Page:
Thursday, August 18, 2011

#Animal rights in #Islam

 Islam has been one of the earliest religions to care about animal rights. Kindness shown to animals has been promised a reward in the hereafter. Consider this line from Abu Umama, Al Tabarani: ‘He who takes pity even on a sparrow and spares its life, Allah will be merciful to him on the Day of Judgment.’

The Holy Prophet categorically forbade the fighting of animals such as bears, dogs, cocks etc. he admonished those who whipped their animals.

According to Islam human beings are not at liberty to take lives at their beck and call but only when it is necessary. Hunting of birds and animals for sport is clearly forbidden.

Animals represent the wonders of nature created by Allah and they have their own special place in the hierarchy of living beings. There is a purpose behind every living creature and humans do not possess the right to violate their lives.

Animals are divine signs for humanity to take lessons from, to get inspired by and to learn from. A bee, for example, eats only clean things, drops only sweet stuff, any branch it perches upon does not break.

Allah says, “There are [manifest] signs [of truth] in the creation of [humanity and numerous types of] animals scattered [on the earth] for those who believe [in Allah]” (45:4).

Allah says, “Do they see how [useful] a camel is created?” (88:17). Several Quranic verses invite humans to learn lessons from animals, birds, ants, and honeybees.

Ali Abu Talib says, “Be obedient to Allah regarding His subjects and the lands at your disposal, for you are responsible even for the survival of animals.”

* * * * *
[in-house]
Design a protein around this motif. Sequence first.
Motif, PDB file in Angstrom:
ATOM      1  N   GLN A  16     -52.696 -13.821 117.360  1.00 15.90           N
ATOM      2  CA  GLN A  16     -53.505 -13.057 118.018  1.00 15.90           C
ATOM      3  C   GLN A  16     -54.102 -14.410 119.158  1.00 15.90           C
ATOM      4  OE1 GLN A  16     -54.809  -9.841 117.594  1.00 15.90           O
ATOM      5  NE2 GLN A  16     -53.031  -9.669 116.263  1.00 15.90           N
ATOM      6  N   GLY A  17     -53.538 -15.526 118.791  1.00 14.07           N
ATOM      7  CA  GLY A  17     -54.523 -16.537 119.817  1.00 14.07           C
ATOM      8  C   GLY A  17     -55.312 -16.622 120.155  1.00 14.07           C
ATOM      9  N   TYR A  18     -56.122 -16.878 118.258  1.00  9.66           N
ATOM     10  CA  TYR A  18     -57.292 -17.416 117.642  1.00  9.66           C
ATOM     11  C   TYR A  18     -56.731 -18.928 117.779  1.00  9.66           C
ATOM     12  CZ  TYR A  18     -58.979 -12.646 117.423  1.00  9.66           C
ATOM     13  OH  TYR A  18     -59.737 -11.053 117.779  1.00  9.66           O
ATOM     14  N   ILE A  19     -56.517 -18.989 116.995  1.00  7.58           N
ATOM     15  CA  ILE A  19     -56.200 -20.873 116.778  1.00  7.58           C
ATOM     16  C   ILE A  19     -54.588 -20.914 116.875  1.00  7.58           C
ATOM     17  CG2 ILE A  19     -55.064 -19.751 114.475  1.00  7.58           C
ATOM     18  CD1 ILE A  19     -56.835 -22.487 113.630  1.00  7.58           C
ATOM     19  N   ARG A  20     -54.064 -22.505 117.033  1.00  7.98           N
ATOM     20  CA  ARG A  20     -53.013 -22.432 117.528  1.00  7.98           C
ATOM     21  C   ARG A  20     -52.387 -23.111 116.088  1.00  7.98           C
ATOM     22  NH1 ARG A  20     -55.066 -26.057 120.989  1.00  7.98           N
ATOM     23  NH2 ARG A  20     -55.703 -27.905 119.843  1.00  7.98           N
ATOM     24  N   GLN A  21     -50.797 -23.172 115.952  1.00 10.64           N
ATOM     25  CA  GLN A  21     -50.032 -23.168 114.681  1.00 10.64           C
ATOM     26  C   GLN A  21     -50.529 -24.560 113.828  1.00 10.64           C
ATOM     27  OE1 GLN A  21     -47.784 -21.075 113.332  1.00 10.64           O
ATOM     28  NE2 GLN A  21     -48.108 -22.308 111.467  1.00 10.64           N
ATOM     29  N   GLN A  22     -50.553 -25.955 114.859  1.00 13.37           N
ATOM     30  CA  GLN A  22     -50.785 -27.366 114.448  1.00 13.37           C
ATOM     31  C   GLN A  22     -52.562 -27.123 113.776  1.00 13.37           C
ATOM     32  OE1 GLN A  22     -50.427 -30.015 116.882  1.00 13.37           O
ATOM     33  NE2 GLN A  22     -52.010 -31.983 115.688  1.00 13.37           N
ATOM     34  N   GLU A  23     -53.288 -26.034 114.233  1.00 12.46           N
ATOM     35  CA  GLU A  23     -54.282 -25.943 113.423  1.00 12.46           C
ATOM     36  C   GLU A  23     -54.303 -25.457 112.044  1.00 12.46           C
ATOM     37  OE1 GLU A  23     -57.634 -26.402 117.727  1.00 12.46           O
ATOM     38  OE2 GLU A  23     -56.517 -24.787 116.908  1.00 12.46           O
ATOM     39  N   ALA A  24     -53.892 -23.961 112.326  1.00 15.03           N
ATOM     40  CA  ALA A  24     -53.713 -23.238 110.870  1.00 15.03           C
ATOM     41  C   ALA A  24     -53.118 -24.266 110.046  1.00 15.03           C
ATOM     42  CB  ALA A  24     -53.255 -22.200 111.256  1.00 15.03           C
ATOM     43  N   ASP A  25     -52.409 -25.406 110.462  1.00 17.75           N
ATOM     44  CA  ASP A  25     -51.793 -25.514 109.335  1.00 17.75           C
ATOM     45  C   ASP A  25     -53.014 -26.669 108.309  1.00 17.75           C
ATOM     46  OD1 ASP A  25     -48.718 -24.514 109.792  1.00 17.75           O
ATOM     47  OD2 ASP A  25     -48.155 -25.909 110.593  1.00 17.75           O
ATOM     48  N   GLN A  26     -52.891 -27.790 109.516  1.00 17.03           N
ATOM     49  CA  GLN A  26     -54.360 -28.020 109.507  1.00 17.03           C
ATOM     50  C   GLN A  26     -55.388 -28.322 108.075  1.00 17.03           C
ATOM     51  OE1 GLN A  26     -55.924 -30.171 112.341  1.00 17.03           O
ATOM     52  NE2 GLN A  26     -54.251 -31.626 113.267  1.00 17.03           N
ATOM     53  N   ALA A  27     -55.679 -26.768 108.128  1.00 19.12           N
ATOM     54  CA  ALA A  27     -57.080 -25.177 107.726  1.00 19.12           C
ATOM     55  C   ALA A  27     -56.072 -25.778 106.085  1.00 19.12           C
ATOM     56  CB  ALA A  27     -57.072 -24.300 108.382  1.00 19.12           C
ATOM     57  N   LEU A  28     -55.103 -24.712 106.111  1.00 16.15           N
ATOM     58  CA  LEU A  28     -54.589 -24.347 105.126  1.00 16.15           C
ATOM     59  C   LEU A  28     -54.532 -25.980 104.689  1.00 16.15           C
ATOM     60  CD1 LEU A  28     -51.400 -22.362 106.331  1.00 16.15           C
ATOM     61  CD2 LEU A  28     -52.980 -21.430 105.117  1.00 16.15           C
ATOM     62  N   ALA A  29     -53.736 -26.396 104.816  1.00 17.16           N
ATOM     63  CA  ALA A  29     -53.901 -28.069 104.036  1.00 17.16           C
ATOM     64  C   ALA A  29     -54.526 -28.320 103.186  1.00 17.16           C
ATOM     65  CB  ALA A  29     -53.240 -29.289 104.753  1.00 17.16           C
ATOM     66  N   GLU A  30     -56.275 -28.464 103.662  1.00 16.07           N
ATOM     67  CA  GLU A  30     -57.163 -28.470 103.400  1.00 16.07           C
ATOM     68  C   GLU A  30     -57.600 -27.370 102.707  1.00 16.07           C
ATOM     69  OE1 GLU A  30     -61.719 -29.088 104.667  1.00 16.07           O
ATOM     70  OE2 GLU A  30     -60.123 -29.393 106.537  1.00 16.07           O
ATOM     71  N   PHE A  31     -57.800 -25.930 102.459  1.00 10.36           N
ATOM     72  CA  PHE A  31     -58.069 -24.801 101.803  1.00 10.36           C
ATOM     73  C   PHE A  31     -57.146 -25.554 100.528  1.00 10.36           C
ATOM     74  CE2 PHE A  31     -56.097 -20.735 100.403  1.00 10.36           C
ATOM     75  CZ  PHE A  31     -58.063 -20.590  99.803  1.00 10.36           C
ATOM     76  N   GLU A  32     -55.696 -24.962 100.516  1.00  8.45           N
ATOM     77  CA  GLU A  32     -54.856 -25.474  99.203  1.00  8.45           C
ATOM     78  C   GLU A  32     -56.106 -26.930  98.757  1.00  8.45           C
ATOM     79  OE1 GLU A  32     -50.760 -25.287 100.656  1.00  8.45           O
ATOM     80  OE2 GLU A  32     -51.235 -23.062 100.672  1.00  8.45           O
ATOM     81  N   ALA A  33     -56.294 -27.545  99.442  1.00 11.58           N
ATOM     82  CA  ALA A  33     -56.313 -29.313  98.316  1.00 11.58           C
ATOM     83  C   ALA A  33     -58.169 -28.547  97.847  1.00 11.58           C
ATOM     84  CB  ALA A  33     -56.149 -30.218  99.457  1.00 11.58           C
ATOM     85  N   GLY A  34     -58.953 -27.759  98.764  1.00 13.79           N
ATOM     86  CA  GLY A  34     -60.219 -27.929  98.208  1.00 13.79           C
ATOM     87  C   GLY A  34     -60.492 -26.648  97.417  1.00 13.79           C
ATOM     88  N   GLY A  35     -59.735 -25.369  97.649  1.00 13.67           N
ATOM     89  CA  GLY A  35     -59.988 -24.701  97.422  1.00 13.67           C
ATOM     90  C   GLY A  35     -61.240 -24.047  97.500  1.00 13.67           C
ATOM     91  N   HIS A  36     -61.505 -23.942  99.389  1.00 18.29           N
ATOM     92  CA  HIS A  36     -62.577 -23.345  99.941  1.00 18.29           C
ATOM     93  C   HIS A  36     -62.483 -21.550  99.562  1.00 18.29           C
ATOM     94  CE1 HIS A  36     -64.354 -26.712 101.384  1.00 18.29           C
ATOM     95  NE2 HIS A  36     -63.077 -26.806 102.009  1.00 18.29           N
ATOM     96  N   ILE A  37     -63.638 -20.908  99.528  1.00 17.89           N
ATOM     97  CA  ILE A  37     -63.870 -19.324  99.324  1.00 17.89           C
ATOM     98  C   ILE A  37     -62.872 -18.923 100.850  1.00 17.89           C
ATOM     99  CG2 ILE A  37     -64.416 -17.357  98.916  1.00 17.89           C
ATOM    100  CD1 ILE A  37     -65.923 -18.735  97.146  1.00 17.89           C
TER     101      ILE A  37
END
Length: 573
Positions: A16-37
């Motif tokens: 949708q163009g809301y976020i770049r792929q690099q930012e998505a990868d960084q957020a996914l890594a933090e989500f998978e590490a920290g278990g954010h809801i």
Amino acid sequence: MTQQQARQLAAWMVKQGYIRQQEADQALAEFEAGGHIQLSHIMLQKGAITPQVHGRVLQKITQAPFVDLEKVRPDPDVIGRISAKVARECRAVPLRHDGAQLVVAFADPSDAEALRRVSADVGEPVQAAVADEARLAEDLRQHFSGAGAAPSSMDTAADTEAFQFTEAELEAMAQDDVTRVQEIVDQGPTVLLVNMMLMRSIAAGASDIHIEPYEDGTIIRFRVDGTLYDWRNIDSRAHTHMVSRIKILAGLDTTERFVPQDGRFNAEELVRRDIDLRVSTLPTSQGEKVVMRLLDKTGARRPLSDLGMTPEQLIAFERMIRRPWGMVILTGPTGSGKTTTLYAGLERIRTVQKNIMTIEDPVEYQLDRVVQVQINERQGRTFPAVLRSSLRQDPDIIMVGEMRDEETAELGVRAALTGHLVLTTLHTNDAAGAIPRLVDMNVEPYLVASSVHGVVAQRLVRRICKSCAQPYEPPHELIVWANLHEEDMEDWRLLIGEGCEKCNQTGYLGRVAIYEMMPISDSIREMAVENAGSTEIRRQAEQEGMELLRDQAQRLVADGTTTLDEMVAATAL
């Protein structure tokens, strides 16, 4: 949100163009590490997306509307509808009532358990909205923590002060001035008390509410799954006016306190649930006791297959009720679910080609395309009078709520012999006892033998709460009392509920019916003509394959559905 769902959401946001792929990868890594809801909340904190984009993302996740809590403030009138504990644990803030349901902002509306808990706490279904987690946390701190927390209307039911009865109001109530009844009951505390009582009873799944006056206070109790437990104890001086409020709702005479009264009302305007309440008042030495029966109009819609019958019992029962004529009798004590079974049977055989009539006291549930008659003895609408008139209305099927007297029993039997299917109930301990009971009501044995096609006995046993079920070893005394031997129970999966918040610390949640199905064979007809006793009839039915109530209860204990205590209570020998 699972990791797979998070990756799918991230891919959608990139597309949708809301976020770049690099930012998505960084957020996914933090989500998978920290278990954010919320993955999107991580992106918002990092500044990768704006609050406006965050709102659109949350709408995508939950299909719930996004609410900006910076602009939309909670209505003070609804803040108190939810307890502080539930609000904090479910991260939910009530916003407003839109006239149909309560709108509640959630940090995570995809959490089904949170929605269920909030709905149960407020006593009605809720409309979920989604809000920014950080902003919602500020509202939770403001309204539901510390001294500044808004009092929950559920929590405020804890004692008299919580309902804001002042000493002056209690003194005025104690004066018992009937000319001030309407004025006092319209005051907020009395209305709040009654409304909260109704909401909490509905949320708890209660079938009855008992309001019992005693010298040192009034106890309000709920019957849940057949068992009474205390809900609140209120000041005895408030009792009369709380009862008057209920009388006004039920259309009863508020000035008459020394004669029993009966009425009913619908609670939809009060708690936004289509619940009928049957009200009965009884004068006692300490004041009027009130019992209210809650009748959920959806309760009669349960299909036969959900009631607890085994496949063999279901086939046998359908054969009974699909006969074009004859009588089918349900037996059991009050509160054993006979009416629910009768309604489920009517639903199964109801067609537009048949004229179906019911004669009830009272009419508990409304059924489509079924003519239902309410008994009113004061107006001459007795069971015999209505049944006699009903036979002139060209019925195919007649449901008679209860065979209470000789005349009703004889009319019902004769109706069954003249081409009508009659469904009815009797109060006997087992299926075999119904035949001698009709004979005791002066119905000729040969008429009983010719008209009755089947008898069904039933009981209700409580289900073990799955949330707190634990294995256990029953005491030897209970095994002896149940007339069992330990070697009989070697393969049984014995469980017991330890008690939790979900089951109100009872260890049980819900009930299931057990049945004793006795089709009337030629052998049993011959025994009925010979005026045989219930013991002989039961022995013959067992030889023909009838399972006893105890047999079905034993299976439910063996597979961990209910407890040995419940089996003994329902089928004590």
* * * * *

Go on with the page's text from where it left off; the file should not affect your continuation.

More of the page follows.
Once the Prophet came upon a donkey which had been branded on its face. He is reported to have exclaimed: ‘May Allah condemn the one who branded it.’ He also disapproved of the cutting of a horse’s tail, for example, as unnatural and interfering with the natural beauty of the horse.

There is the story of the Prophet hearing the call to prayer one day. He wanted to take along his prayer mat, but one of his cats was curled up on the carpet, comfortably asleep. Not wanting to disturb the cat, and yet being required to take his mat along, the Prophet solved the problem by carefully cutting off a portion of the carpet and taking it with him.

Then there is the story he told his followers about a prostitute, according to Muslim. On a hot day, a poor dog lay panting from thirst near a well. When this woman came along, she took pity on the poor creature. She lowered her socks into the well, drew water in them and squeezed it into the dog’s mouth.

The Prophet said that, because of this one act of kindness, all her sins would be forgiven her.

In the same source, we find out that he had a vision about a woman. She was chastised after death because, on earth, she had tied up her cat continually and neglected to feed it or give it water. It therefore, indicates the importance of bestowing mercy upon animals according to the teachings of Islam.

The Prophet not only preached to the people to show kindness to each other but also to all living souls. He forbade the practice of cutting tails and manes of horses, of branding animals at any soft spot, and of keeping horses saddled unnecessarily. (Sahih Muslim).

If he saw any animal over-loaded or ill-fed he would pull up the owner and say, “Fear Allah in your treatment of animals.” (Abu Dawud in Kitab Jihad).